Things to think about in Pleasantville

In this film the safe and cheerful 1950s TV sitcom “Pleasantville” is revived in the 1990s for a loyal cable audience. One devoted fan is shy suburban teen David Wagner (Tobey Maguire), who has an almost obsessive interest in the series. He is not happy in his own world – not at school and not at home. He lives with his divorced mother (Jane Kaczmarek), and often fights with his popular and rebellious twin sister Jennifer (Reese Witherspoon). She wants to watch MTV just when a Pleasantville marathon is about to begin. They struggle over the remote control, and it breaks. A strange TV repairman (Don Knotts) supplies their new remote, a potent high-tech device which zaps David and Jennifer inside Pleasantville, where their new sitcom parents are businessman George Parker (William H. Macy) and wife Betty (Joan Allen). As “Bud” and “Mary Sue,” the teens take up residence in a black-and-white suburbia where sex does not exist and the temperature is always 72 degrees. Life is always pleasant, books have no words, bathrooms have no toilets, married couples sleep in twin beds, the high school basketball team always wins, and nobody ever questions “The Good Life.” David revels in Pleasantville’s sanitised peaceful world. He fits right in, but Jennifer’s 1990s attitude upsets the blandness balance, painting parts of Pleasantville in living colour. Repressed desires surface, cracks appear in the 1950s lifestyles, and the Pleasantville citizens find their lives changing in strange but wonderful ways. It is liberating – but the film shows us that there’s also a darker side and that is also explored in the film.

Things to think about:

  • Pleasantville is a film of contrasts. Study the thematic contrasts that exist as well as the production techniques used to communicate contrast.
  • TV Quote: “I know what I’d feel like if my TV broke; like I’d lost a friend.”-TV ‘repairman’

     

  • Look at the theme of destiny–everything is scripted, has a place. What about our lives?

     

  • Religious imagery: garden of Eden, offering of apple, rainbow over Pleasantville, trial of Bud, etc

     

  • Importance of books. Two books that were highlighted prominently in the film are Huckleberry Finn and Catcher in the Rye; going to the library is ‘in’!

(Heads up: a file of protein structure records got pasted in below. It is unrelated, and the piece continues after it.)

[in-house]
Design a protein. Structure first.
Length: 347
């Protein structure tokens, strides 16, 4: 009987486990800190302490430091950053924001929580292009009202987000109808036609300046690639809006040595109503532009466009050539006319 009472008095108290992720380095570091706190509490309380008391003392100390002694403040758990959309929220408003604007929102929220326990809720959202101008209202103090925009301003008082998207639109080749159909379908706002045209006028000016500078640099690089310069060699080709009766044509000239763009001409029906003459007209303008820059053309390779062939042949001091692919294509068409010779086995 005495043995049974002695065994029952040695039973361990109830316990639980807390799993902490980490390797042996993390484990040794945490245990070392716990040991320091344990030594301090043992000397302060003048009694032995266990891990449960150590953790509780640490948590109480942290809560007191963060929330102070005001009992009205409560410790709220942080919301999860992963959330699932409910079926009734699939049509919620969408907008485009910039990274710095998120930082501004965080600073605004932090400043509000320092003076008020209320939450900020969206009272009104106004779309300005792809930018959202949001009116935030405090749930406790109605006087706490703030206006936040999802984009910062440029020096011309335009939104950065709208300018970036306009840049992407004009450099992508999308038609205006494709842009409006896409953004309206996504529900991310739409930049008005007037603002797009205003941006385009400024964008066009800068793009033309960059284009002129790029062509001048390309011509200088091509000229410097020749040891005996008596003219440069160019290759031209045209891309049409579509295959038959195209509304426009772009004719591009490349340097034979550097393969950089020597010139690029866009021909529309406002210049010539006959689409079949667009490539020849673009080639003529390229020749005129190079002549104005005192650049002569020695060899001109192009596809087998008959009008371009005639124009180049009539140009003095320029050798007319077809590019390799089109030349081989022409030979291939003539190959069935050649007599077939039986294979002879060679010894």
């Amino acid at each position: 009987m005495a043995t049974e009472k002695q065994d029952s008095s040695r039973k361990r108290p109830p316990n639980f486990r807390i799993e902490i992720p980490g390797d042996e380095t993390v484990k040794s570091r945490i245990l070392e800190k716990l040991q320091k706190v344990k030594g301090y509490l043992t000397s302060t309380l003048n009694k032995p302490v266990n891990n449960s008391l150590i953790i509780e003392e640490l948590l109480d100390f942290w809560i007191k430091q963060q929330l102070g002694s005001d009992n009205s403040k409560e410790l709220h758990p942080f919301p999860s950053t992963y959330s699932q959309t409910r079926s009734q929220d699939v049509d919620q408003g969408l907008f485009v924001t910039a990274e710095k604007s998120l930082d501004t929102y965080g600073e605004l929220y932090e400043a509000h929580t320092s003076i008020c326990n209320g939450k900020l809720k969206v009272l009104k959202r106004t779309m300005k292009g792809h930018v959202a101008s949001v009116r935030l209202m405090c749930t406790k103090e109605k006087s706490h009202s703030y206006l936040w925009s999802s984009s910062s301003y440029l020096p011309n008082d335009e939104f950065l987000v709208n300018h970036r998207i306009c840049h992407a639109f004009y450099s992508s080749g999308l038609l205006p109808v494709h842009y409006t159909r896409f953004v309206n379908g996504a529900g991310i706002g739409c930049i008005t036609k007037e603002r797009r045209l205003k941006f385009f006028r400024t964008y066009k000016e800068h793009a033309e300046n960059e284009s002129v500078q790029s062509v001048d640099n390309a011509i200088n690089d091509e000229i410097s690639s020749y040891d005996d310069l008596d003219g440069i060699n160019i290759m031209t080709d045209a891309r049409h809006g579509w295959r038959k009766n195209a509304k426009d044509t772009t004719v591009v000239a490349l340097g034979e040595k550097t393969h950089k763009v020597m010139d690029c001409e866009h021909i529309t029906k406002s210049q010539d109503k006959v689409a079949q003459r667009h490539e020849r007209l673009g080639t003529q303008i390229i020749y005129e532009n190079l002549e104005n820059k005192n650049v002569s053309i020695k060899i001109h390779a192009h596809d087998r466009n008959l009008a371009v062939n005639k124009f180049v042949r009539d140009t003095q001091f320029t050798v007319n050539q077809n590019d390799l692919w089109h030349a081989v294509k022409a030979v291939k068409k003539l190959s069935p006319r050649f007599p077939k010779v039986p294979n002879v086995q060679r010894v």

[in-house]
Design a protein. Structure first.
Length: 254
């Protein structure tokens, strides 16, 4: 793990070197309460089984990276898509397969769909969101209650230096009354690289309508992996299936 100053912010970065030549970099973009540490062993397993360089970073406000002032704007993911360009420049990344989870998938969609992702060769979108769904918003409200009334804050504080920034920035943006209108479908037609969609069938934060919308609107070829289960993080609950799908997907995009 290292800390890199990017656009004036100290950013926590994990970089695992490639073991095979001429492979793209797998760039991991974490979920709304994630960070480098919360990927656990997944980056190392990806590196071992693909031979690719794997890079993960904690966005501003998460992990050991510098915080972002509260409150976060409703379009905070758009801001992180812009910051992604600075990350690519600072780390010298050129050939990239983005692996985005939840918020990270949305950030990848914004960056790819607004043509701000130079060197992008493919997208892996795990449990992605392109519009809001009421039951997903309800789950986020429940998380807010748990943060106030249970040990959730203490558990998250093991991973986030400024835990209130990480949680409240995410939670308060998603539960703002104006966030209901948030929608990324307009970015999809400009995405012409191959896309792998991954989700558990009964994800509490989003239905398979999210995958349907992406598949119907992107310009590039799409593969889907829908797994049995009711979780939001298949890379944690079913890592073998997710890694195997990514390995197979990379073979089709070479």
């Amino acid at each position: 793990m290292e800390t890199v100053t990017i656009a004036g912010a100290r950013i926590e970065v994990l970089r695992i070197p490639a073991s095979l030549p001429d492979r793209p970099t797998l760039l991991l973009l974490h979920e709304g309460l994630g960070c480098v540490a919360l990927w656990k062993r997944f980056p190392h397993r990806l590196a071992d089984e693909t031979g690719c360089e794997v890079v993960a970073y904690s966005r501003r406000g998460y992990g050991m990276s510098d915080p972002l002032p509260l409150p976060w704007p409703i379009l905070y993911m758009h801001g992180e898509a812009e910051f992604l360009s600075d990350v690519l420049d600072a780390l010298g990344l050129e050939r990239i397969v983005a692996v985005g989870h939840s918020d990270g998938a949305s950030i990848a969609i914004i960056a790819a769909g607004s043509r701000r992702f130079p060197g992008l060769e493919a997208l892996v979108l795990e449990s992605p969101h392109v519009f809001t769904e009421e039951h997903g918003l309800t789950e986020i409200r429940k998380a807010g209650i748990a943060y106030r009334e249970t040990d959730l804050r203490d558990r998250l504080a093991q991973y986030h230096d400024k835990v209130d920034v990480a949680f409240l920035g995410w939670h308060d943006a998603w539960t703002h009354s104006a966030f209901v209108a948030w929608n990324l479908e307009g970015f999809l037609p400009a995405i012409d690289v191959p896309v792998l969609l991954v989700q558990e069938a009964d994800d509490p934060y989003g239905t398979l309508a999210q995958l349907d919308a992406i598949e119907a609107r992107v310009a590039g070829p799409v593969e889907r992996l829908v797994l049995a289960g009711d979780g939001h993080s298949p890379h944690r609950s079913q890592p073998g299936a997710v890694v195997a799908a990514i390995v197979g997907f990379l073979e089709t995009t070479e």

• Censorship: “It seems to me we must separate out the things that are unpleasant from the things that are pleasant.”- mayor of Pleasantville. Personal expression and differences become unacceptable. Anything wandering from what is known is feared.

     

  • Racism: “No coloureds.”-sign in Pleasantville window “Coloureds” are people who have become enlightened or who become passionate; they are rejected from mainstream Pleasantville. Think about our own world as differences are not tolerated all over the globe: World War II history.

     

  • Review the “8 Rules of Pleasantville.” See how they apply to certain institutions in our own world-church, schools, homes.

     

  • Rule #8 is worth focussing on: “Non-change-ist view of history is to be taught in all courses in the curriculum.” Does our own education have a non-change-ist attitude?

     

  • Take a closer look at the mural painted by Bill-analyse certain other symbols that represent freedom (he uses books, wings, etc.)

     

  • Scene at the end of the movie of a sign that says SPRINGFIELD 12 is significant on a number of levels: first, it gives us an indication that people in Pleasantville now have a notion that a world exists beyond its own borders; secondly, Springfield is the setting of the real sit-com, Father Knows Best; third, Springfield is also the setting of The Simpsons‘ which is a parody of 50s family perfection, which, of course, never really existed as Pleasantville makes clear.

     

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